But, keep in mind, he said “IF” he liked girls like that. Despite all of the behind-the-scenes shipping the Archie writers and artists had when they took over their own strips or stories, Jughead has remained girlless. Instead, he’s always been a good, close friend to Betty, an enemy to Veronica, and scared of Ethel (who loved him despite the horrible treatment he’d put her through to escape her). Being above the fray of relationships has been Jughead’s distinct hallmark as a character. That was definitely understood when Chip Zdarsky made Jughead canonically asexual. It fits Jughead’s personality and characterization to a T.

But to make Jughead not asexual, or at the very least averse to being in relationships regardless of his sexuality, shows  distinct misunderstanding of Jughead’s character. There’s a lack of understanding of what makes Jughead great. The fact that Riverdale is written in part by Roberto Aguirre-Sacasa, who is a self-professed Archie mega-fan, should mean that Aguirre-Sacasa understands what makes the characters tick. He should know what makes the characters who they are. Making Jughead part of the muck of relationships shows a lack of understand about who the character is and where the character is now in terms of our current discourse about sexuality, representation, and diversity. Making Jughead just like everyone else makes him a completely different guy who just so happens to be wearing the classic whoopee cap. (Well, it’s a knit version of the classic whoopee cap, but same difference.)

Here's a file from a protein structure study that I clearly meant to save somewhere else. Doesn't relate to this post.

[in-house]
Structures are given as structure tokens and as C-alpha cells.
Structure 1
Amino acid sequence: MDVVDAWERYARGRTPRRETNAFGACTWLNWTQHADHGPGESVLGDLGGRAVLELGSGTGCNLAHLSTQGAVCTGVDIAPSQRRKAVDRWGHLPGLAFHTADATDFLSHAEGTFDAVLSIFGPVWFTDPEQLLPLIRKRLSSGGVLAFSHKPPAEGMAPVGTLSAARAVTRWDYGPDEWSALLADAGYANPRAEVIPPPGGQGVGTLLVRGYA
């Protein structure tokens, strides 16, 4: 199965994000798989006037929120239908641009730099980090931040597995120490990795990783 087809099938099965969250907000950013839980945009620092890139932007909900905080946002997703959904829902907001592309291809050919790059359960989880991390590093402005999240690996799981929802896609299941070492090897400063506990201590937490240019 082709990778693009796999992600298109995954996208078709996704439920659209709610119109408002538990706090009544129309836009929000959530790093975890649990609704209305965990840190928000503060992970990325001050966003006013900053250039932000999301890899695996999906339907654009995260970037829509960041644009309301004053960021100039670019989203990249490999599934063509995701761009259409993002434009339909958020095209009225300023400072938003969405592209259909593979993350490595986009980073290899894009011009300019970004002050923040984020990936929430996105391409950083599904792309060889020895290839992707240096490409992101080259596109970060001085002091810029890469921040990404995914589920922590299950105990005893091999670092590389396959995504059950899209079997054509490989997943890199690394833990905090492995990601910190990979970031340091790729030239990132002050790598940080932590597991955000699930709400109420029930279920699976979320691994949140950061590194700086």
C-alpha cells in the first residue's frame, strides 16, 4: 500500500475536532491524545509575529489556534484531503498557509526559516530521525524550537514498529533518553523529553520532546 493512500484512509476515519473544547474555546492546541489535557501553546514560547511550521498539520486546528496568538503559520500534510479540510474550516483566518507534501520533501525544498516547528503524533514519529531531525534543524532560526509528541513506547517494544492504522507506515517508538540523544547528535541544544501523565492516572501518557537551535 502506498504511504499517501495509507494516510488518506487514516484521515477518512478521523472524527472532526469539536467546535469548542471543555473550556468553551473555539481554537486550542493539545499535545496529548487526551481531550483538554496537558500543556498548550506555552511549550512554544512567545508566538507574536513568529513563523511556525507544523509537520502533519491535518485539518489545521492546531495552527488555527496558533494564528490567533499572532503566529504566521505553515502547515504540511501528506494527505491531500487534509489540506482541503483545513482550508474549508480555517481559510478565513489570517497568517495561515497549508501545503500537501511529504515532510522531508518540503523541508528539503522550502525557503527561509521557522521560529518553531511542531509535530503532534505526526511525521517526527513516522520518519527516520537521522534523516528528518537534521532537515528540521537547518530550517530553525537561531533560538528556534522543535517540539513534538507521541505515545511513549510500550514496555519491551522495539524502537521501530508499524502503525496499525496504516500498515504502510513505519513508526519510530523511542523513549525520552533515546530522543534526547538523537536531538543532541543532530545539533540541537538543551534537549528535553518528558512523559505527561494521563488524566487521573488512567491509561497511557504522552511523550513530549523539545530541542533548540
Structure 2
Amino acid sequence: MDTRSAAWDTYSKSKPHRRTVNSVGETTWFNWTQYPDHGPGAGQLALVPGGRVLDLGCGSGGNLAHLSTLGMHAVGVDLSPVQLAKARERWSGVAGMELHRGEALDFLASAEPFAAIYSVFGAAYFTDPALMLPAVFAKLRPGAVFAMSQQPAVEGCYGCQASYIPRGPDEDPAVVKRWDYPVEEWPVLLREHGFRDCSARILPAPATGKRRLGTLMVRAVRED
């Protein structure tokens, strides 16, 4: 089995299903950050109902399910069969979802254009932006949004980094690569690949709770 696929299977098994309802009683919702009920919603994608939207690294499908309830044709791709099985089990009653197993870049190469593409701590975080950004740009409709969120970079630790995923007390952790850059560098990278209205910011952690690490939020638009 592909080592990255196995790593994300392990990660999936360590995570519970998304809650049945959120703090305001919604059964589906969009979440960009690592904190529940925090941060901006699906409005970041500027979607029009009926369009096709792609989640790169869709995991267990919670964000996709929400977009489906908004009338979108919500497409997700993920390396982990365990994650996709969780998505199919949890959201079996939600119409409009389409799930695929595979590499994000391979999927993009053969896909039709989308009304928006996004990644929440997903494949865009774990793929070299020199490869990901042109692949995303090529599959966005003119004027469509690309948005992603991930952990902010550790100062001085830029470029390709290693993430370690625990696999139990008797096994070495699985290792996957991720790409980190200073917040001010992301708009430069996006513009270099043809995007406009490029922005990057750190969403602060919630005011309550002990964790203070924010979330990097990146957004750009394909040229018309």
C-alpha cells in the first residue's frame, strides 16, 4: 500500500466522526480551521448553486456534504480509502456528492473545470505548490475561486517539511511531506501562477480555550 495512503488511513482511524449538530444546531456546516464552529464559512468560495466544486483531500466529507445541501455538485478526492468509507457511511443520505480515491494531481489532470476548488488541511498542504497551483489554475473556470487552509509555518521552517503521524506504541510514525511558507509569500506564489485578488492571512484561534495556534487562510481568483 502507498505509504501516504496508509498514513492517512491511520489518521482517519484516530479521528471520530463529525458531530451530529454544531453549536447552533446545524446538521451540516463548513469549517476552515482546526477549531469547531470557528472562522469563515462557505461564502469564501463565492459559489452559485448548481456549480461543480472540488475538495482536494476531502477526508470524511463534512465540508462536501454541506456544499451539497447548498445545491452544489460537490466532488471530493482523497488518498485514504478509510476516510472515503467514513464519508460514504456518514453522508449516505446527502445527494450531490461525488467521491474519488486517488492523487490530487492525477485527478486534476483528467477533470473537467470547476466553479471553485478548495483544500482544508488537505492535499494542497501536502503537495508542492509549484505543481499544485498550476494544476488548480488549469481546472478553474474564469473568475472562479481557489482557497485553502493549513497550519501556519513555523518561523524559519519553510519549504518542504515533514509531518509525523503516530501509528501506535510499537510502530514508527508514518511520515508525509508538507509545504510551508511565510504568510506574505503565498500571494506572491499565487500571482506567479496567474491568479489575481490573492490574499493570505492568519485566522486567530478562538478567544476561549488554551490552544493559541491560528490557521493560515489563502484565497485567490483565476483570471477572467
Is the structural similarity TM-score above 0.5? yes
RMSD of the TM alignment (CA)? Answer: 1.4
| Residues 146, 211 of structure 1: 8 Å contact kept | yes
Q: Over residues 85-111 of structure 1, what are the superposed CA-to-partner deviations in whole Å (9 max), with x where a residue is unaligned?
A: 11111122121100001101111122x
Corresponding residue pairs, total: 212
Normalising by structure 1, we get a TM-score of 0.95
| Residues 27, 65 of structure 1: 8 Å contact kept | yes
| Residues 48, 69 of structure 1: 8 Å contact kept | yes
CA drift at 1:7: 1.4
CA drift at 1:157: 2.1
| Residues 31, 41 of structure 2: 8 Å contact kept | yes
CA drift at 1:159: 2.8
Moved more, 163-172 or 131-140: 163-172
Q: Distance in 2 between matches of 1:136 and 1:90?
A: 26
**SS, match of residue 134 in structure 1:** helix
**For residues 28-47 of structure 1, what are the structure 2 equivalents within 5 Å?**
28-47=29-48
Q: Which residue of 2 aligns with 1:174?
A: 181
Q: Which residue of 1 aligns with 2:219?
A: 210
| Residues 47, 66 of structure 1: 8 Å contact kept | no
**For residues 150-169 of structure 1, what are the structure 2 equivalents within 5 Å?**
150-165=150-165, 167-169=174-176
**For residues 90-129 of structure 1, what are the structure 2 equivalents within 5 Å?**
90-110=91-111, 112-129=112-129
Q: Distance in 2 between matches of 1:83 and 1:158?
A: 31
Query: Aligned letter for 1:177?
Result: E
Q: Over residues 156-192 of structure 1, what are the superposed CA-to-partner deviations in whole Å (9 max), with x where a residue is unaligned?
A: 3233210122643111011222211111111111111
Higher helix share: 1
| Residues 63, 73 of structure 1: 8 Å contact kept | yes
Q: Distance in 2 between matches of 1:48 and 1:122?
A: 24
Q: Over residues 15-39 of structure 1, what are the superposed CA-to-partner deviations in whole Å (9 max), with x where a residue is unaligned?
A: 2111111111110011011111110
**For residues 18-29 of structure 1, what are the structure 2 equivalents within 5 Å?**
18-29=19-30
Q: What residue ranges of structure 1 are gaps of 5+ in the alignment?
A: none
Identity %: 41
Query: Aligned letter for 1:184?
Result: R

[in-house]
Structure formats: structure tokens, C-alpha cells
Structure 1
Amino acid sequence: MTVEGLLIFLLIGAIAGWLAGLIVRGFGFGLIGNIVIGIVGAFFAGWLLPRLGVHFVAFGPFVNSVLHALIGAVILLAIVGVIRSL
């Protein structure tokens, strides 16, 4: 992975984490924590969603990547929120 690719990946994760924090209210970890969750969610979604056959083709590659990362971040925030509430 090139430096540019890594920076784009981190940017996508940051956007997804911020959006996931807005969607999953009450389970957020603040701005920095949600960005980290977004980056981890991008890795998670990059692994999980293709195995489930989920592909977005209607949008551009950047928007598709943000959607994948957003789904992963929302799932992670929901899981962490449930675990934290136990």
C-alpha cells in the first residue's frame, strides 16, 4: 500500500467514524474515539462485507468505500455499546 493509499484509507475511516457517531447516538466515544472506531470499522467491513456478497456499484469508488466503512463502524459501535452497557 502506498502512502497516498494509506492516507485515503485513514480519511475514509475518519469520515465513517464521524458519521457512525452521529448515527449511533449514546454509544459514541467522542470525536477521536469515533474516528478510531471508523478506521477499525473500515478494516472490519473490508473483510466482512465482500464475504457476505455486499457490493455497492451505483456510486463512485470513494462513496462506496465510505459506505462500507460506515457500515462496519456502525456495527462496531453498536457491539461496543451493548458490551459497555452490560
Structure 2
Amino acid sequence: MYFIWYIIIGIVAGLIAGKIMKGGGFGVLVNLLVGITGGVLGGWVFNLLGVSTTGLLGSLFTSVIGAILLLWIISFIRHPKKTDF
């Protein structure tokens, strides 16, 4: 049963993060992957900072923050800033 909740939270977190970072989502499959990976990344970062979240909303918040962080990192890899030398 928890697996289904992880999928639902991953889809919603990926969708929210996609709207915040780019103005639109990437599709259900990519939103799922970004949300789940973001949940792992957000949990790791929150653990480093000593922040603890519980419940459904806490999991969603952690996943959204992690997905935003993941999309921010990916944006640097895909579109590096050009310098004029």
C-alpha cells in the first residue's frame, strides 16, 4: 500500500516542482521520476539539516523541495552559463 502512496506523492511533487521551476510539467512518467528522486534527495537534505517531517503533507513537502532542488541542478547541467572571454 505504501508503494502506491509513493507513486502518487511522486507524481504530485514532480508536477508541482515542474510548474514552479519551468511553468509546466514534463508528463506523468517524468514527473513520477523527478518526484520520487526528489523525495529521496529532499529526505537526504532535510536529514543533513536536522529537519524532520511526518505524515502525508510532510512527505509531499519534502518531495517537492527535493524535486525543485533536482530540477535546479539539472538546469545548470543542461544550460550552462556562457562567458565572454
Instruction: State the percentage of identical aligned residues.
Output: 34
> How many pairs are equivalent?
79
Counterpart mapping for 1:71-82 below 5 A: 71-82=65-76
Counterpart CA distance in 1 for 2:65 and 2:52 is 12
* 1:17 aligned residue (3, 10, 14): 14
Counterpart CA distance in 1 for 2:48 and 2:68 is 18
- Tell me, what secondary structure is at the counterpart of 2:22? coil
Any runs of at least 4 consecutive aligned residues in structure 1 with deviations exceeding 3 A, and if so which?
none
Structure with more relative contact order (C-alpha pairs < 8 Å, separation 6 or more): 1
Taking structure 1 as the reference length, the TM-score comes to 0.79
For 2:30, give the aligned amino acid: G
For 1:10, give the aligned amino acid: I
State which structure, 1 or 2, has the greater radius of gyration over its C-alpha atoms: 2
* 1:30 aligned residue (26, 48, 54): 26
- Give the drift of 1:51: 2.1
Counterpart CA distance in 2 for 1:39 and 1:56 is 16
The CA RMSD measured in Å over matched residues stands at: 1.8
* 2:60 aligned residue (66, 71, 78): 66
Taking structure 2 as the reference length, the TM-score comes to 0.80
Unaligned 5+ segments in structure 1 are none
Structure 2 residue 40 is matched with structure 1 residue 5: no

Also, in the dream sequence scene, in which everyone is done up in classic Archie drag, Jughead dreamed of Betty wearing a wedding band. Again, we’re taking Jughead further and further away from what makes him him. STOP IT, SHOW.

Okay, back to the touching moments of the show.